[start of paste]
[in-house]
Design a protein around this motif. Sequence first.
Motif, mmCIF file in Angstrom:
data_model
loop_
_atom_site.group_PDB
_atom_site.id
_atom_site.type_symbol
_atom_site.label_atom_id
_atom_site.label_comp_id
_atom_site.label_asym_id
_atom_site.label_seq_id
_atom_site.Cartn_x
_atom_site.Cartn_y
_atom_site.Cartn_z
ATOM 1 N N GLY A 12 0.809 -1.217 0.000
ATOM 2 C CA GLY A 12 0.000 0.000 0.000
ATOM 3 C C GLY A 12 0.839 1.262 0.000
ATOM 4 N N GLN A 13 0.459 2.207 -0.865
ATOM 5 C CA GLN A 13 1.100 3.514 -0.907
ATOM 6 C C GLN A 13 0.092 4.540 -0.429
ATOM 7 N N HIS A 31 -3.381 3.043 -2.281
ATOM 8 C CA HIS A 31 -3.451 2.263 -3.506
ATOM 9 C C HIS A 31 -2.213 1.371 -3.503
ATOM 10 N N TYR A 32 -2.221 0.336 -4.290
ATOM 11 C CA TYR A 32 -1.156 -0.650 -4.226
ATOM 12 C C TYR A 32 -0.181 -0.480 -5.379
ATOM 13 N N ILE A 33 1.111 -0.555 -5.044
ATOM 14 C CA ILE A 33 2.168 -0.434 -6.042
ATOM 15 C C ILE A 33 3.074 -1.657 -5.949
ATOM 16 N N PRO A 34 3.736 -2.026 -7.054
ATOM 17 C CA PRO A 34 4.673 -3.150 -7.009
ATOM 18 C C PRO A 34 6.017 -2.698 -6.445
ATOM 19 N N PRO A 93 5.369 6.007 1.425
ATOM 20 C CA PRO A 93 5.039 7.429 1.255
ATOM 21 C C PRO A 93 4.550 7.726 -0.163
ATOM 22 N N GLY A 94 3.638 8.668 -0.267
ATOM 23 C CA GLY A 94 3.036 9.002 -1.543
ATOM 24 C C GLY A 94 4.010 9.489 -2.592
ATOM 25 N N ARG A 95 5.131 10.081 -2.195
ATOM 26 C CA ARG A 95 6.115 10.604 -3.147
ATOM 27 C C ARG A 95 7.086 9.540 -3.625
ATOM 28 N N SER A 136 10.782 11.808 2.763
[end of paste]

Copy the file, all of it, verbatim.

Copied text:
[in-house]
Design a protein around this motif. Sequence first.
Motif, mmCIF file in Angstrom:
data_model
loop_
_atom_site.group_PDB
_atom_site.id
_atom_site.type_symbol
_atom_site.label_atom_id
_atom_site.label_comp_id
_atom_site.label_asym_id
_atom_site.label_seq_id
_atom_site.Cartn_x
_atom_site.Cartn_y
_atom_site.Cartn_z
ATOM 1 N N GLY A 12 0.809 -1.217 0.000
ATOM 2 C CA GLY A 12 0.000 0.000 0.000
ATOM 3 C C GLY A 12 0.839 1.262 0.000
ATOM 4 N N GLN A 13 0.459 2.207 -0.865
ATOM 5 C CA GLN A 13 1.100 3.514 -0.907
ATOM 6 C C GLN A 13 0.092 4.540 -0.429
ATOM 7 N N HIS A 31 -3.381 3.043 -2.281
ATOM 8 C CA HIS A 31 -3.451 2.263 -3.506
ATOM 9 C C HIS A 31 -2.213 1.371 -3.503
ATOM 10 N N TYR A 32 -2.221 0.336 -4.290
ATOM 11 C CA TYR A 32 -1.156 -0.650 -4.226
ATOM 12 C C TYR A 32 -0.181 -0.480 -5.379
ATOM 13 N N ILE A 33 1.111 -0.555 -5.044
ATOM 14 C CA ILE A 33 2.168 -0.434 -6.042
ATOM 15 C C ILE A 33 3.074 -1.657 -5.949
ATOM 16 N N PRO A 34 3.736 -2.026 -7.054
ATOM 17 C CA PRO A 34 4.673 -3.150 -7.009
ATOM 18 C C PRO A 34 6.017 -2.698 -6.445
ATOM 19 N N PRO A 93 5.369 6.007 1.425
ATOM 20 C CA PRO A 93 5.039 7.429 1.255
ATOM 21 C C PRO A 93 4.550 7.726 -0.163
ATOM 22 N N GLY A 94 3.638 8.668 -0.267
ATOM 23 C CA GLY A 94 3.036 9.002 -1.543
ATOM 24 C C GLY A 94 4.010 9.489 -2.592
ATOM 25 N N ARG A 95 5.131 10.081 -2.195
ATOM 26 C CA ARG A 95 6.115 10.604 -3.147
ATOM 27 C C ARG A 95 7.086 9.540 -3.625
ATOM 28 N N SER A 136 10.782 11.808 2.763